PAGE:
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Starting from 2012, a specific binding CO2 target is calculated for each manufacturer every year based on the average mass of its fleet. For evaluating the progress of manufacturers towards their targets, the EEA is collecting and quality checking data on CO2 emissions from passenger cars registered in all Member States of the European Union since 2010. Using the Member State data, this note provides an overview of the performance of cars manufacturers in meeting their CO2 emissions targets.
Aggregated data reported by companies on the production, import, export, destruction and use of ozone-depleting substances in the European Union.
Analysing the security risks resulting from climate change is essential for effective policy-making. The Organization for Security Cooperation in Europe (OSCE) and the European Environment Agency (EEA) is running the joint project 'Security implications of climate change in the OSCE regions' with the aim of improving understanding of the links between global megatrends and environment, and the security of food, fuel and water in different regions. It also aims to enhance cooperation and networking among the main institutions addressing climate security issues. A participatory-based scenario-building approach was used as a tool to help explore the complex and uncertain impacts stemming from climate change. This brochure provides a project overview, which includes the results of workshops carried out so far.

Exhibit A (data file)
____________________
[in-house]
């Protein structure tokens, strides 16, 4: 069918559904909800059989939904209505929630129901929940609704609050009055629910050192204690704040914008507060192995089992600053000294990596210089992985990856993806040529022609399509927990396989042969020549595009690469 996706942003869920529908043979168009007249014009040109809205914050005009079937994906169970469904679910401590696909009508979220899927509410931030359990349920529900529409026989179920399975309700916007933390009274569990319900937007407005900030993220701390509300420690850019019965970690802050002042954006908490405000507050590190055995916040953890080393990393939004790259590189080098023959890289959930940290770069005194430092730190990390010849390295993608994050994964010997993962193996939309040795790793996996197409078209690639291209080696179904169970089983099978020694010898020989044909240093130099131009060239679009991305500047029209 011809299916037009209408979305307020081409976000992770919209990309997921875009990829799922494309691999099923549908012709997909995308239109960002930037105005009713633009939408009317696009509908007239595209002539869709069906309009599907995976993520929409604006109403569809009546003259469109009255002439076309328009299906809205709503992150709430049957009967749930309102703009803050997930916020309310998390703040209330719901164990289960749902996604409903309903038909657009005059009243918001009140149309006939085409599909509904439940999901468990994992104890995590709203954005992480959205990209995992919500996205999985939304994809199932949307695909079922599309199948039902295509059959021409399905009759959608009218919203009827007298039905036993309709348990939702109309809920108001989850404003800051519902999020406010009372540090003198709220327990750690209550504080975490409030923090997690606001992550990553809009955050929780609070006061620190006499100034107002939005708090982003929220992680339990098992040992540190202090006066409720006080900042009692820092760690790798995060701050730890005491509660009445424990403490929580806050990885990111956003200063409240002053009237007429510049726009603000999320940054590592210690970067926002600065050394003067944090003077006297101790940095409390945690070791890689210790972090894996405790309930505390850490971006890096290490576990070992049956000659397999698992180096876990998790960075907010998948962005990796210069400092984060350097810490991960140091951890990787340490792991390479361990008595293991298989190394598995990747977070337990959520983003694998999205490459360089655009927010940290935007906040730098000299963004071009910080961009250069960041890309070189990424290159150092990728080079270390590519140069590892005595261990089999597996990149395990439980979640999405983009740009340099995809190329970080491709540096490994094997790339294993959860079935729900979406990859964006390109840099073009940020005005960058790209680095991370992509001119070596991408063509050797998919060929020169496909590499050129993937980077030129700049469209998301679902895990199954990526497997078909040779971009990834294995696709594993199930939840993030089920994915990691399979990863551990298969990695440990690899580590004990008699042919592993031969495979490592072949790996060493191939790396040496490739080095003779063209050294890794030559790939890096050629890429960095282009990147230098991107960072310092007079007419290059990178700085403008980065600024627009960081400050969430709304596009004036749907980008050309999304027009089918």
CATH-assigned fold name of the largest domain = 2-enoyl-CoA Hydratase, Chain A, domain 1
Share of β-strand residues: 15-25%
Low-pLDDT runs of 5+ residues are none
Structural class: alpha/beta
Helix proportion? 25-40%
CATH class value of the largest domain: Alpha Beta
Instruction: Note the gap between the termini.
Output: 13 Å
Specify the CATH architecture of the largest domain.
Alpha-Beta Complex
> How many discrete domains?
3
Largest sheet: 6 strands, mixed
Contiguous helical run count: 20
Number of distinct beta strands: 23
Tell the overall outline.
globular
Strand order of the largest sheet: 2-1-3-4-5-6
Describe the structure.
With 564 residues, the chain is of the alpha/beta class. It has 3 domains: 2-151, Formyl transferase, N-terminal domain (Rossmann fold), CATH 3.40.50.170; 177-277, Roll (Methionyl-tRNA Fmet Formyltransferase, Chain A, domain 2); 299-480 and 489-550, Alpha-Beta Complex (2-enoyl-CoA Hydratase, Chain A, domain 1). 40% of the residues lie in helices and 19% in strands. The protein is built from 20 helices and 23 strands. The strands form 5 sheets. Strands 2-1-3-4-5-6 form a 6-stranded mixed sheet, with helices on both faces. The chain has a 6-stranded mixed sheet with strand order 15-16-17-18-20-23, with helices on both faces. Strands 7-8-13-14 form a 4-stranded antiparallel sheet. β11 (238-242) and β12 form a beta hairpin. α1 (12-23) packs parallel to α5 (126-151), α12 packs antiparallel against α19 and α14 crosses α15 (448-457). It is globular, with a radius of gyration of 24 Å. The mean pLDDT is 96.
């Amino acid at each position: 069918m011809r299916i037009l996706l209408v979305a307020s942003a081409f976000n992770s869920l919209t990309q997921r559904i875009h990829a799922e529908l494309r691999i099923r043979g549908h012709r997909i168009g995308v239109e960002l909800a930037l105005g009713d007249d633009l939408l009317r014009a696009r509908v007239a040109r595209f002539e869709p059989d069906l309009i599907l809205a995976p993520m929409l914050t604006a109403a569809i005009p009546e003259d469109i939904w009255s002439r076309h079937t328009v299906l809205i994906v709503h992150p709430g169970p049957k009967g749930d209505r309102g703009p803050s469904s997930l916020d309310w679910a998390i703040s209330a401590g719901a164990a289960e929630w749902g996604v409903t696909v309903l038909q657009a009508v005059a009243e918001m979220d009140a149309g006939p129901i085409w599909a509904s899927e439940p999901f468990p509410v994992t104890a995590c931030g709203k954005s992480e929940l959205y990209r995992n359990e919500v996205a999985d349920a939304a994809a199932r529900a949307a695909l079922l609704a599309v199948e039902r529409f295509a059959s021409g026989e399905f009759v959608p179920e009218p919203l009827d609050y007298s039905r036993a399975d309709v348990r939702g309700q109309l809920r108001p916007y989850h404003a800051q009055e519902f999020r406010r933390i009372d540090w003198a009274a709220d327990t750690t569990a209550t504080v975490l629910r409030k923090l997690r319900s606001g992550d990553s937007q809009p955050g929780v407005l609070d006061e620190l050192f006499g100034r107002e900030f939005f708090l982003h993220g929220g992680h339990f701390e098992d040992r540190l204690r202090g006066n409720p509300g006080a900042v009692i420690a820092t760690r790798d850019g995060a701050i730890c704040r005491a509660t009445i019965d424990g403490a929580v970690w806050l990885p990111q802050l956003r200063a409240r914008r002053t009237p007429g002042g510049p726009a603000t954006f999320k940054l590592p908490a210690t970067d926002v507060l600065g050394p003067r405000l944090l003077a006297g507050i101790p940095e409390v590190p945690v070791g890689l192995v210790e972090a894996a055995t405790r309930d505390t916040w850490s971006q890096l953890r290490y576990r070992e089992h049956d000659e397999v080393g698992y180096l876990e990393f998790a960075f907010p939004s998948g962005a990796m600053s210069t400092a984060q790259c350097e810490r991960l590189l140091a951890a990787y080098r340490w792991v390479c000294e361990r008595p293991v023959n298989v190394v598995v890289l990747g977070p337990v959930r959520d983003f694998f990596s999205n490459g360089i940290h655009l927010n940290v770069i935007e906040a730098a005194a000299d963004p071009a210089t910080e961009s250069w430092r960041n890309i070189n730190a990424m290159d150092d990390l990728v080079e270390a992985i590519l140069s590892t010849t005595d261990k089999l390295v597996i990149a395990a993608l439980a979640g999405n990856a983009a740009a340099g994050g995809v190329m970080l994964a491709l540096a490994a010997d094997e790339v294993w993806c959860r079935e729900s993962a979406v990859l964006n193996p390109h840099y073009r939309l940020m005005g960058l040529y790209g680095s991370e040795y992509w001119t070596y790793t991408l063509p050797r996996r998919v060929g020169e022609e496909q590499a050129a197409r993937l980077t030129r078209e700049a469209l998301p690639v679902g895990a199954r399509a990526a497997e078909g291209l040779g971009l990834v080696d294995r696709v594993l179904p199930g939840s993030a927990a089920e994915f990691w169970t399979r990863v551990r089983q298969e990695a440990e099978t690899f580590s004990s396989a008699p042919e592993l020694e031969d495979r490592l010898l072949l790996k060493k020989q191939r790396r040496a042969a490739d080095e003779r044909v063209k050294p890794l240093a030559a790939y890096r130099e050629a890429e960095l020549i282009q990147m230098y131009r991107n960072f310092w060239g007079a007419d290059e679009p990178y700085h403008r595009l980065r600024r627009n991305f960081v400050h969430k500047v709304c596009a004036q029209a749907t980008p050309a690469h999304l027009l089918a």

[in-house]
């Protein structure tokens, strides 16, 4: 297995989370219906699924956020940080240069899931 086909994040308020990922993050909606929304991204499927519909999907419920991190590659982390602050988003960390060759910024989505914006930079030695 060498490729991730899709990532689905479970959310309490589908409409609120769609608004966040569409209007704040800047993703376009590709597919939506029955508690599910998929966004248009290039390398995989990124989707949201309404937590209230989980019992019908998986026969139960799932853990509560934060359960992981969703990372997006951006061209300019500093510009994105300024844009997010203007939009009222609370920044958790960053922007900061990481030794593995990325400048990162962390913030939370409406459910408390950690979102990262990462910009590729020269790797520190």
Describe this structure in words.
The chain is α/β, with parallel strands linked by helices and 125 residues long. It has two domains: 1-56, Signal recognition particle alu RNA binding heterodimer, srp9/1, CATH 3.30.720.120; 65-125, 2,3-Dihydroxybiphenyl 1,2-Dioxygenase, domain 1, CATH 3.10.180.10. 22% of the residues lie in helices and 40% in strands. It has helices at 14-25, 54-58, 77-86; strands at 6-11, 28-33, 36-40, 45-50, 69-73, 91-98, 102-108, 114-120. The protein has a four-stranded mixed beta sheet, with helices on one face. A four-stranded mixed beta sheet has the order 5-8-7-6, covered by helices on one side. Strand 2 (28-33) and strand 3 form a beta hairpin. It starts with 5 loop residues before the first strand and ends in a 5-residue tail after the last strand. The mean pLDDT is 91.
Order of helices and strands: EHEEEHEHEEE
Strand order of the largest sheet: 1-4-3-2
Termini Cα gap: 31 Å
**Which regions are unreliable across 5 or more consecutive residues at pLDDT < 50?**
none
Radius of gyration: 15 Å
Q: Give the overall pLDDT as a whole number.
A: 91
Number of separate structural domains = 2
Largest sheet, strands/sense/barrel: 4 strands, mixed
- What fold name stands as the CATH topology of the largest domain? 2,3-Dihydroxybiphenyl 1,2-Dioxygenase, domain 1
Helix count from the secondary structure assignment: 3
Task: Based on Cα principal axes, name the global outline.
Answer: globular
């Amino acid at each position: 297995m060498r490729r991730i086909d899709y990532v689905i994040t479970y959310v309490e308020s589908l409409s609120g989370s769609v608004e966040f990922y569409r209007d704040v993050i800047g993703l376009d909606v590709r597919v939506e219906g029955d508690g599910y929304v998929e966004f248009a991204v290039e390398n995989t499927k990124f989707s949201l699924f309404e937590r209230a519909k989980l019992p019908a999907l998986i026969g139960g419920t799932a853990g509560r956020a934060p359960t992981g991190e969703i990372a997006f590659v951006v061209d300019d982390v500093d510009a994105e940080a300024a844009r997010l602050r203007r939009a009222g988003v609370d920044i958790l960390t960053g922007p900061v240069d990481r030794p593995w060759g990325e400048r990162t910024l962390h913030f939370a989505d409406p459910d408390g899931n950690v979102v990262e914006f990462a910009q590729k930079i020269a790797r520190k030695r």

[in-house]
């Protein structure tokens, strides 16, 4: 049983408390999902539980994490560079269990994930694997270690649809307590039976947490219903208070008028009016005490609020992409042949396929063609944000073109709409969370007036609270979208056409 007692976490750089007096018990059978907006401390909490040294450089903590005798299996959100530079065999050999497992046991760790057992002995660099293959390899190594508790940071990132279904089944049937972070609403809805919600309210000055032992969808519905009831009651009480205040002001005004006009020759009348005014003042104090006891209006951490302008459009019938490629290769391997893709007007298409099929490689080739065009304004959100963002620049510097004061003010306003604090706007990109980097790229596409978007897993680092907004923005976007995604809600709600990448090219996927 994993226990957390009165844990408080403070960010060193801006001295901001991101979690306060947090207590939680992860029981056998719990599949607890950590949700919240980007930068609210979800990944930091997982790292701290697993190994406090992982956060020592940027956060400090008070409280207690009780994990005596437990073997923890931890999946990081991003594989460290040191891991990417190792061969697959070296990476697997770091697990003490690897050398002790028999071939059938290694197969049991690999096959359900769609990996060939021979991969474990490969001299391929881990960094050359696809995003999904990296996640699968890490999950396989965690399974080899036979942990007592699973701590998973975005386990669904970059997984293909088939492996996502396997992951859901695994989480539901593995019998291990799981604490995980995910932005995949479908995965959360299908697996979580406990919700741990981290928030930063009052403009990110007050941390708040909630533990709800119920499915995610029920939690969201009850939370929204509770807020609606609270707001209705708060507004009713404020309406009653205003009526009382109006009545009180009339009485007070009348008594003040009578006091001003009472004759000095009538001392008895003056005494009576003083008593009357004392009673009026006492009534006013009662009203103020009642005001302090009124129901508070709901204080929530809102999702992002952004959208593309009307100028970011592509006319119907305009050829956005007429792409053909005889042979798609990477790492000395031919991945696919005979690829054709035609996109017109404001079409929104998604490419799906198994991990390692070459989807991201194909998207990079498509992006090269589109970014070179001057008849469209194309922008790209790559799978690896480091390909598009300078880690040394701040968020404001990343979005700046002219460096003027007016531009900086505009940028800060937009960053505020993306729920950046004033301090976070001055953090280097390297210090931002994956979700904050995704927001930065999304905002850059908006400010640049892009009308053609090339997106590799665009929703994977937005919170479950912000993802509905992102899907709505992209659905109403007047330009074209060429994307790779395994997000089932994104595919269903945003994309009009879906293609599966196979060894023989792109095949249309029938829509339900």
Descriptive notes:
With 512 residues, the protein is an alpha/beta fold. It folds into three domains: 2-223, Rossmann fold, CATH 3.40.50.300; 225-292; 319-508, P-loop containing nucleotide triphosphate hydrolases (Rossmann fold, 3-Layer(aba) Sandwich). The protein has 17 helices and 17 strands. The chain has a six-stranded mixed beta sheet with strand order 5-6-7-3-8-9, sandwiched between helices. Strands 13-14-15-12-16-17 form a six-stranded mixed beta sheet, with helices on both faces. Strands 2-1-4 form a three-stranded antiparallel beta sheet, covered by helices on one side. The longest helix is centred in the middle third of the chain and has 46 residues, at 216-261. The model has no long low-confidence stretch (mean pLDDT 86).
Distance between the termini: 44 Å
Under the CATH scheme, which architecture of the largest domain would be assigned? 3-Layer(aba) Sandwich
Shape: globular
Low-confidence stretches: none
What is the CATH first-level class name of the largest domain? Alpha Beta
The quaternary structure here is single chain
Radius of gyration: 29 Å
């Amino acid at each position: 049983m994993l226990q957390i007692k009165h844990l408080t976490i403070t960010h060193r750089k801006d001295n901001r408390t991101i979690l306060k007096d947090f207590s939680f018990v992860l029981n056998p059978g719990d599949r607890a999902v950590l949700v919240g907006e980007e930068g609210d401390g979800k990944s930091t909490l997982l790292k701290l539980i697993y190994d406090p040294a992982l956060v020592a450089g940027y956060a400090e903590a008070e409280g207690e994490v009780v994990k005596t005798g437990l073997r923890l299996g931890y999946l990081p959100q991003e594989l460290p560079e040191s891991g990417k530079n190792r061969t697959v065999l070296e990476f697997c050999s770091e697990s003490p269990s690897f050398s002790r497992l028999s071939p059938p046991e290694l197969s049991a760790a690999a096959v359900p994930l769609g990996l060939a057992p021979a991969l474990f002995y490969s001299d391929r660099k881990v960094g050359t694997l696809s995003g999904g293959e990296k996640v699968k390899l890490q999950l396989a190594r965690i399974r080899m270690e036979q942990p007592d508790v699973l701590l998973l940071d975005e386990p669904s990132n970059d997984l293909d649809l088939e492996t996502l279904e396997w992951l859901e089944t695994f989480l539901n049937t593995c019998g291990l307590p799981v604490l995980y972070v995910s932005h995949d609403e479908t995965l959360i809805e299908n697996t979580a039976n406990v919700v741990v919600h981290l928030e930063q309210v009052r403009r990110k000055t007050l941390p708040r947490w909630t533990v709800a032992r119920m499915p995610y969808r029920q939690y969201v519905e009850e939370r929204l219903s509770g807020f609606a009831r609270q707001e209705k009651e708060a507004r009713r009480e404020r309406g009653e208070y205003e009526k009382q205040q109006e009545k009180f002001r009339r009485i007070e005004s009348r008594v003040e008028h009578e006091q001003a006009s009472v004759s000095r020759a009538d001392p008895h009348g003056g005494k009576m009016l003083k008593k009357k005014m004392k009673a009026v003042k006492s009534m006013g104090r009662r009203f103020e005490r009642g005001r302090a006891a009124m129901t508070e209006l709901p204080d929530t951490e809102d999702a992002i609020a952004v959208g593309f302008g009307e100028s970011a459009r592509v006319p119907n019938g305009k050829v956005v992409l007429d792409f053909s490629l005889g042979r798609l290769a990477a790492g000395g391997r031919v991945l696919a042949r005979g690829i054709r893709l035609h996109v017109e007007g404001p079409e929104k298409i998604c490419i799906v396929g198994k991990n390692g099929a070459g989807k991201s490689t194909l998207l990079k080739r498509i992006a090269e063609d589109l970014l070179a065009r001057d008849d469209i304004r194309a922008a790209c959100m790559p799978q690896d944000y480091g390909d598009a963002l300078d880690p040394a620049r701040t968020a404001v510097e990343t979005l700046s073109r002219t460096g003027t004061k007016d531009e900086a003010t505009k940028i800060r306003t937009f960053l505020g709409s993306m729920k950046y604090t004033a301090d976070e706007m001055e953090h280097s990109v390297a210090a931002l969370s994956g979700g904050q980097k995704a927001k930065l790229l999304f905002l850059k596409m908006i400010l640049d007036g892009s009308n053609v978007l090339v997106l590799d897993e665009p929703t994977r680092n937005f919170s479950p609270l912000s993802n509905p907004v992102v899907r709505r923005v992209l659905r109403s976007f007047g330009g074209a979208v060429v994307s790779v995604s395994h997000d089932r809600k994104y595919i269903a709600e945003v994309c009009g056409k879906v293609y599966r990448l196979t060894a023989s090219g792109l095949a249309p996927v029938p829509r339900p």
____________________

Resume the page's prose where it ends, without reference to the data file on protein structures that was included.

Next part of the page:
This European Environment Agency (EEA) report presents information on past and projected climate change and related impacts in Europe, based on a range of indicators. The report also assesses the vulnerability of society, human health and ecosystems in Europe and identifies those regions in Europe most at risk from climate change. Furthermore, the report discusses the principle sources of uncertainty for the indicators and notes how monitoring and scenario development can improve our understanding of climate change, its impacts and related vulnerabilities.
The objective of this report is to provide an early estimate of greenhouse gas (GHG) emissions in the EU-15 and EU-27 for the year 2011. The official submission of 2011 data to the United Nations Framework Convention on Climate Change (UNFCCC) will occur in 2013.
Greenhouse gas emission trends and projections in Europe 2012 - Tracking progress towards Kyoto and 2020 targets24 Oct 2012
This report presents an overview of the progress achieved so far by the EU, its Member States and other EEA member countries towards their respective targets under the Kyoto Protocol and the EU burden-sharing agreement, as well as 2020 targets set at EU level. The assessment is based on greenhouse gas (GHG) emission data in Europe for the period 2008-2011, including recent EEA estimates of proxy 2011 GHG emissions.